"The Official Portrait of Miss InDiana"

"The Official Portrait of Miss InDiana"
aka "Miss Victory"

Sunday, September 23, 2007


by Paul Wheeler

Citizens who visited the City-County Council meetings this summer got a surprise civic lesson and one that violated their rights. Unless you are an employee with a ‘pass’ badge that sidesteps the checkpoint metal detector & doggie bowl routine, the public must temporarily empty their pockets and remember not to carry any electronic equipment. No problem, you say, but I’m just going to the assembly hall for a public meeting; not to a jury trial or into a courtroom where the Indiana Supreme Court outlawed such things. I’m just going to sit in on the Council meeting on the 2nd floor. Too bad; cameras are not allowed; you just obey the officer like a good citizen, deposit your stuff into your vehicle and return, walk to the second floor, and plop down.

Why is there a guy with a cell phone camera taking pictures there if I can’t. According to The Indianapolis Star article by Brendan O’Shaughnessy (9-20-07), this individual is a democratic supporter (editor's note: Wilson T. Allen, employed by the Carson Machine) who wanted to take a picture of a city-council member, despite the fact that I saw him pointing it at the audience as well. He can do this but I can’t? And just as fundamental are citizens’ rights of access to public meetings with recording devices as specifically allowed under the Open Door Indiana Statute IC 5-14-1.5-3 Sec.3 (a)”.all meetings of the governing bodies of public agencies must be open at all times for the purpose of permitting members of the public to observe and record them.”. But wait, what about this 4 page itemized list obtained from room 101, everything from ‘tweezers’ to ‘cameras’ prohibited at the “entrances to this building”. Whoops! How did this happen? The story goes in 1999; pre 9-11, an administrative regulation was effected due to boom box phobia. Unfortunately, not even the airlines, post 9-11, have a prohibition against cell phones or cameras as carry-on items.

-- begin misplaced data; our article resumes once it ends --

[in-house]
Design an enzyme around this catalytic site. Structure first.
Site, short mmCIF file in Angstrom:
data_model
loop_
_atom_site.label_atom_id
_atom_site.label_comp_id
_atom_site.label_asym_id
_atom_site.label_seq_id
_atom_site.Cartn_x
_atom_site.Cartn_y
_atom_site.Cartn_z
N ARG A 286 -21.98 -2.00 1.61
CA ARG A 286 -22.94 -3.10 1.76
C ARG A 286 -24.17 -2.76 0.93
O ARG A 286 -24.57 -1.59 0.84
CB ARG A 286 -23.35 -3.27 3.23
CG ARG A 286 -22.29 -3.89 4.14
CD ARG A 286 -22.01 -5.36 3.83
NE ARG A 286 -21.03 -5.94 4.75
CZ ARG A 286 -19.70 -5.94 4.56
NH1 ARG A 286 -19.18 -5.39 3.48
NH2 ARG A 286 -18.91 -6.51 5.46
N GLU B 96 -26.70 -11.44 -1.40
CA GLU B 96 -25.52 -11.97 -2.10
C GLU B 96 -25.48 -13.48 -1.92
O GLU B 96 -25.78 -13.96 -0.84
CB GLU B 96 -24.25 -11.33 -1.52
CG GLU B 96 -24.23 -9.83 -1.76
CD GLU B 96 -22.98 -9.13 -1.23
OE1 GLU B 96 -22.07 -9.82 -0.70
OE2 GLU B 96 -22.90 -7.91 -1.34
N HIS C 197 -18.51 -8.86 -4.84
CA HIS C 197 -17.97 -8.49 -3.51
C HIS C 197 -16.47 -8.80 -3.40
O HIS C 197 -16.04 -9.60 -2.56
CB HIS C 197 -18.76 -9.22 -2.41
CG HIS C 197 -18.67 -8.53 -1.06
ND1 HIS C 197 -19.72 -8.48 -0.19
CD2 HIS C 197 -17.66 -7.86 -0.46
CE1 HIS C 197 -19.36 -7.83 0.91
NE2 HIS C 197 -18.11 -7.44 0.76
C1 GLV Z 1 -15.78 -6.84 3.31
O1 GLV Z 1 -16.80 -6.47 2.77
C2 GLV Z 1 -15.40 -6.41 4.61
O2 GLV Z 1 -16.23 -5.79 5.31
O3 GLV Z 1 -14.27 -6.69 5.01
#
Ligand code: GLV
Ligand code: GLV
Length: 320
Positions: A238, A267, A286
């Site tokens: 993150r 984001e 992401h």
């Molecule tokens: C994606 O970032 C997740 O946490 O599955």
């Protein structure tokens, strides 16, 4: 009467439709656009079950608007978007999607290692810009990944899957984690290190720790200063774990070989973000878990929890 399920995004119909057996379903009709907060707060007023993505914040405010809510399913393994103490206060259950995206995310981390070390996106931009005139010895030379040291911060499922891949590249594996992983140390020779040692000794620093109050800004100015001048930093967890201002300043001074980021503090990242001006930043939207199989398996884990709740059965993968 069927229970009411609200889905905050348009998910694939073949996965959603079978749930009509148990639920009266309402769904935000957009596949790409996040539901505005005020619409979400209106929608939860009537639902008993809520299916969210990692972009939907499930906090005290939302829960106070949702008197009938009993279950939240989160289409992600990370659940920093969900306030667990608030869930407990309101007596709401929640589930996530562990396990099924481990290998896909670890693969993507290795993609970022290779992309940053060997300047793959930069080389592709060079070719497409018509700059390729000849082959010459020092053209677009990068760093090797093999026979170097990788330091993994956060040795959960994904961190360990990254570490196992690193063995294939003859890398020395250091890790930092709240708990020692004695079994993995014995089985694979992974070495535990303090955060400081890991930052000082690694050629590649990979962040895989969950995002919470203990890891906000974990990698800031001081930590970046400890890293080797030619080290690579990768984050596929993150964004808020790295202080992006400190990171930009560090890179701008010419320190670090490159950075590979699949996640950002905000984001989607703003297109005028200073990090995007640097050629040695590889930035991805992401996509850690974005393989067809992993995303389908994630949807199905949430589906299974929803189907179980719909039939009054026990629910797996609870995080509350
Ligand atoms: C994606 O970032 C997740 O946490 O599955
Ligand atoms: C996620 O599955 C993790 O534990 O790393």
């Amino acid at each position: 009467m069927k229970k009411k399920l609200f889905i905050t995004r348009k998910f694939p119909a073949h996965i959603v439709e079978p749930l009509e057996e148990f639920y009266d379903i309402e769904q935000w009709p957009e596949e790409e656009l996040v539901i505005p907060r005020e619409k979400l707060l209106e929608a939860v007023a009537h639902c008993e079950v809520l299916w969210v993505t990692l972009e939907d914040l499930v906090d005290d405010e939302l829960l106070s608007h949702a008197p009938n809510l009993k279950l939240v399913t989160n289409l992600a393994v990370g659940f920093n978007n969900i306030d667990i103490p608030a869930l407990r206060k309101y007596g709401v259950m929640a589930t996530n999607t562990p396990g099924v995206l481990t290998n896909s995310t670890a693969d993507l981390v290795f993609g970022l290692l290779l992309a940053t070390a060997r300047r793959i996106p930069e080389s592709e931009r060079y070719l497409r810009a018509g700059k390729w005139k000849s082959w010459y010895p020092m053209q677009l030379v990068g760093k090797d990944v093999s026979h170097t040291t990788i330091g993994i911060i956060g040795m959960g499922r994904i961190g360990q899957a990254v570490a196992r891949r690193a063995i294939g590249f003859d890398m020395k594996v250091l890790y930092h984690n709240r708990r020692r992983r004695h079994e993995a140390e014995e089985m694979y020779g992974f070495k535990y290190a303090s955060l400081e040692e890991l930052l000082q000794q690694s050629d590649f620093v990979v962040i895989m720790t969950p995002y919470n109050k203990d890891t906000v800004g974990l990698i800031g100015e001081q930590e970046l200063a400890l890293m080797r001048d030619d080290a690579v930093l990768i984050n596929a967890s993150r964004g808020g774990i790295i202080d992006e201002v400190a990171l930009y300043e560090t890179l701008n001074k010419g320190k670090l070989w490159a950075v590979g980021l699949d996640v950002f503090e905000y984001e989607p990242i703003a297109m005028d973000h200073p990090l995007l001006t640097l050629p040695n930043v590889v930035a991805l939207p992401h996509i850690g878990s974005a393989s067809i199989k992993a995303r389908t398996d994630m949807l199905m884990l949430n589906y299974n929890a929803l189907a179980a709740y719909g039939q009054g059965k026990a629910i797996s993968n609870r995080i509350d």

Informing us that sometime in the future steps will be taken to parallel security compliance similar to the airlines, does not take the sting from citizen’s trampled rights; rights afforded to them through state law.

A couple of recommendations: adjust the wording of their prohibition from ‘check points established at the entrances to this building’, to ‘entrances to a courtroom’ and have these security points re-established at those areas. There is plenty of room for ground level airport type half-lockers to be installed for temporarily storing items while visiting. Finally, have an administrative judge immediately lift this illegal regulation before the hot button words ‘discrimination’, ‘favoritism’ result in a legal battle the city most certainly would loose as a violation of state law. A user friendly city-county building would do little to ease the damage done to citizens this summer, but would afford the perception that we could at least have city employees, including security personnel, that value and uphold the law of openness which our citizenry demands.

1 comment:

Bart Lies said...

It's worth noting the in-question camera at the CCC last MOnday was NOT a simple cellphone camera that can be tucked away in a pocket.

It was a full-blown digital SLR hanging from a neckstrap, with an outboard flash attached to the top of it.

Diff'rent strokes for connected folks.